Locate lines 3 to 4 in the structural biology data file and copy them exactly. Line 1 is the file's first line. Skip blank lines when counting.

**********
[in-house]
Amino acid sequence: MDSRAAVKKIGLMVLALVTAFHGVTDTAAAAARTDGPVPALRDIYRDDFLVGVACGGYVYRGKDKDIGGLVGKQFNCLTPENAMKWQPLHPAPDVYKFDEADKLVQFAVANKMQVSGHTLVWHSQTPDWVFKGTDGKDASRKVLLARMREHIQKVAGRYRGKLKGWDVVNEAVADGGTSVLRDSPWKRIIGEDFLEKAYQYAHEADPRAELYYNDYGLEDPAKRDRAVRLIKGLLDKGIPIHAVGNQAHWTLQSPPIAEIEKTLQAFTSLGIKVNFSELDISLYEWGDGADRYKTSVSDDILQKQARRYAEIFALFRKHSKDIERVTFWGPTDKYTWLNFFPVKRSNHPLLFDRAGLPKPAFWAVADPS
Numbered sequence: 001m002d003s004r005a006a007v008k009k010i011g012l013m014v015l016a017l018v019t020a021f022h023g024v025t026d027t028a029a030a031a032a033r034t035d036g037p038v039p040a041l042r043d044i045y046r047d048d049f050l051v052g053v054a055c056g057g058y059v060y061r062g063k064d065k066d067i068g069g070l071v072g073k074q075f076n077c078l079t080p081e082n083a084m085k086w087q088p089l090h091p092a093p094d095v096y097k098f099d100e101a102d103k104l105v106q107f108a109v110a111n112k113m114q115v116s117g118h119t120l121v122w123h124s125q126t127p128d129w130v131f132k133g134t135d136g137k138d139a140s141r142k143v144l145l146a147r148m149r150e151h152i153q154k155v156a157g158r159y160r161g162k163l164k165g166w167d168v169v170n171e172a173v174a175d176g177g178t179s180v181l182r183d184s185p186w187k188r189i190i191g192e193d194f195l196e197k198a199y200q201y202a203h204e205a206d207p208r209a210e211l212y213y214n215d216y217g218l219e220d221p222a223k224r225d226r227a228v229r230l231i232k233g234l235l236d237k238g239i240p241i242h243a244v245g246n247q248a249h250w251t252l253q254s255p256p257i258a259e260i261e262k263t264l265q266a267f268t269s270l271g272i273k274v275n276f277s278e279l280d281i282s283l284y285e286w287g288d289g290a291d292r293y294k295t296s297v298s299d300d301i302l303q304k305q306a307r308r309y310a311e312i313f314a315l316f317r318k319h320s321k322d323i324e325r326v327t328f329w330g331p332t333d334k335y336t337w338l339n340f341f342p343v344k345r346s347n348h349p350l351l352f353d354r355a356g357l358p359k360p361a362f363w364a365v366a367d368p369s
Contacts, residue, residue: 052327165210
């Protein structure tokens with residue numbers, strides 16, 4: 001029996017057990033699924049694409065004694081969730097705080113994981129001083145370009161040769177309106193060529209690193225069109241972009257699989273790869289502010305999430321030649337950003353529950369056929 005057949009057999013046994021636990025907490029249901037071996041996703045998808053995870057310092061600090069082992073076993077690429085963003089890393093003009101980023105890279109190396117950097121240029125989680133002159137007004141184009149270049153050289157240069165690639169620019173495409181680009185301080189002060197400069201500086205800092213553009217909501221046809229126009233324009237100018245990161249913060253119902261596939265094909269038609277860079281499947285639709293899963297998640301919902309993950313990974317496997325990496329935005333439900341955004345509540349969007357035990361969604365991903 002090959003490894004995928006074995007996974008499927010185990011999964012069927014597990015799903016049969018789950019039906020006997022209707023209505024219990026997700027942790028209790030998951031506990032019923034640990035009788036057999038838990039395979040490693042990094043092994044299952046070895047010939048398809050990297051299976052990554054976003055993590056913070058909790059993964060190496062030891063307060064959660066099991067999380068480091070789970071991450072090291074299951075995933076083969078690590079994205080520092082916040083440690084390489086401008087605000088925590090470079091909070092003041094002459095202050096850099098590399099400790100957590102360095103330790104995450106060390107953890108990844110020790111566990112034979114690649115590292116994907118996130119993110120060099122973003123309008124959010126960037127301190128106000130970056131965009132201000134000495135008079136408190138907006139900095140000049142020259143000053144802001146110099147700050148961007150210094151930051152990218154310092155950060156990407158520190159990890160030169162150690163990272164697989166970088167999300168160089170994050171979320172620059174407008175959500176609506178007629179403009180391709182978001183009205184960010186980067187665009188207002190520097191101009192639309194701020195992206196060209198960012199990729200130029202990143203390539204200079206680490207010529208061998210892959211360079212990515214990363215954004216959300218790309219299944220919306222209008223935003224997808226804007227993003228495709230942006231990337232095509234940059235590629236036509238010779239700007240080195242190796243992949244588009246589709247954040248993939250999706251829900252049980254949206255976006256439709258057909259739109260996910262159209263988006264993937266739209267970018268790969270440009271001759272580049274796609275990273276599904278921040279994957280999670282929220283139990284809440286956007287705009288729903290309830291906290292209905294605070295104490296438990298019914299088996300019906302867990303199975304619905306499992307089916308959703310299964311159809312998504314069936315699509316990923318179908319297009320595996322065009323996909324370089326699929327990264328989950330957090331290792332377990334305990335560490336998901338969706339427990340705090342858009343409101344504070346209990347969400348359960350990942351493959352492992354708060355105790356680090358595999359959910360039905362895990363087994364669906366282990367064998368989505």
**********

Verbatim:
Numbered sequence: 001m002d003s004r005a006a007v008k009k010i011g012l013m014v015l016a017l018v019t020a021f022h023g024v025t026d027t028a029a030a031a032a033r034t035d036g037p038v039p040a041l042r043d044i045y046r047d048d049f050l051v052g053v054a055c056g057g058y059v060y061r062g063k064d065k066d067i068g069g070l071v072g073k074q075f076n077c078l079t080p081e082n083a084m085k086w087q088p089l090h091p092a093p094d095v096y097k098f099d100e101a102d103k104l105v106q107f108a109v110a111n112k113m114q115v116s117g118h119t120l121v122w123h124s125q126t127p128d129w130v131f132k133g134t135d136g137k138d139a140s141r142k143v144l145l146a147r148m149r150e151h152i153q154k155v156a157g158r159y160r161g162k163l164k165g166w167d168v169v170n171e172a173v174a175d176g177g178t179s180v181l182r183d184s185p186w187k188r189i190i191g192e193d194f195l196e197k198a199y200q201y202a203h204e205a206d207p208r209a210e211l212y213y214n215d216y217g218l219e220d221p222a223k224r225d226r227a228v229r230l231i232k233g234l235l236d237k238g239i240p241i242h243a244v245g246n247q248a249h250w251t252l253q254s255p256p257i258a259e260i261e262k263t264l265q266a267f268t269s270l271g272i273k274v275n276f277s278e279l280d281i282s283l284y285e286w287g288d289g290a291d292r293y294k295t296s297v298s299d300d301i302l303q304k305q306a307r308r309y310a311e312i313f314a315l316f317r318k319h320s321k322d323i324e325r326v327t328f329w330g331p332t333d334k335y336t337w338l339n340f341f342p343v344k345r346s347n348h349p350l351l352f353d354r355a356g357l358p359k360p361a362f363w364a365v366a367d368p369s
Contacts, residue, residue: 052327165210